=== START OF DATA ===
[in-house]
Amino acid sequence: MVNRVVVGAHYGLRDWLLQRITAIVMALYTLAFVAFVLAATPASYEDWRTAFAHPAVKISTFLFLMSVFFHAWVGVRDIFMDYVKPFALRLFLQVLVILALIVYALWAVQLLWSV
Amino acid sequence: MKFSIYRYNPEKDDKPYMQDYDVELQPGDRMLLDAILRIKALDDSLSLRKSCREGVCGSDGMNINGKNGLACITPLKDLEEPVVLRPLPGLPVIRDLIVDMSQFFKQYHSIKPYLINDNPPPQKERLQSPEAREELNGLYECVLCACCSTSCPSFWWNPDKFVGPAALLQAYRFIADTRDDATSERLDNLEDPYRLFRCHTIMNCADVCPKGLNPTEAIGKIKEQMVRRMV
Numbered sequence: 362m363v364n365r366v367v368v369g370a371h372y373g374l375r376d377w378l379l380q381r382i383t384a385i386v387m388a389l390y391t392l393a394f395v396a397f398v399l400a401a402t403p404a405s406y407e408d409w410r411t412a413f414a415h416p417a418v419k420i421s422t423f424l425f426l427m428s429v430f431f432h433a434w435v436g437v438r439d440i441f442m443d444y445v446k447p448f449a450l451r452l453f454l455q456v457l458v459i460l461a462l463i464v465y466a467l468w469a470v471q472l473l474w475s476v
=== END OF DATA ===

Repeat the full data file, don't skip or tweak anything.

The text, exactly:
[in-house]
Amino acid sequence: MVNRVVVGAHYGLRDWLLQRITAIVMALYTLAFVAFVLAATPASYEDWRTAFAHPAVKISTFLFLMSVFFHAWVGVRDIFMDYVKPFALRLFLQVLVILALIVYALWAVQLLWSV
Amino acid sequence: MKFSIYRYNPEKDDKPYMQDYDVELQPGDRMLLDAILRIKALDDSLSLRKSCREGVCGSDGMNINGKNGLACITPLKDLEEPVVLRPLPGLPVIRDLIVDMSQFFKQYHSIKPYLINDNPPPQKERLQSPEAREELNGLYECVLCACCSTSCPSFWWNPDKFVGPAALLQAYRFIADTRDDATSERLDNLEDPYRLFRCHTIMNCADVCPKGLNPTEAIGKIKEQMVRRMV
Numbered sequence: 362m363v364n365r366v367v368v369g370a371h372y373g374l375r376d377w378l379l380q381r382i383t384a385i386v387m388a389l390y391t392l393a394f395v396a397f398v399l400a401a402t403p404a405s406y407e408d409w410r411t412a413f414a415h416p417a418v419k420i421s422t423f424l425f426l427m428s429v430f431f432h433a434w435v436g437v438r439d440i441f442m443d444y445v446k447p448f449a450l451r452l453f454l455q456v457l458v459i460l461a462l463i464v465y466a467l468w469a470v471q472l473l474w475s476v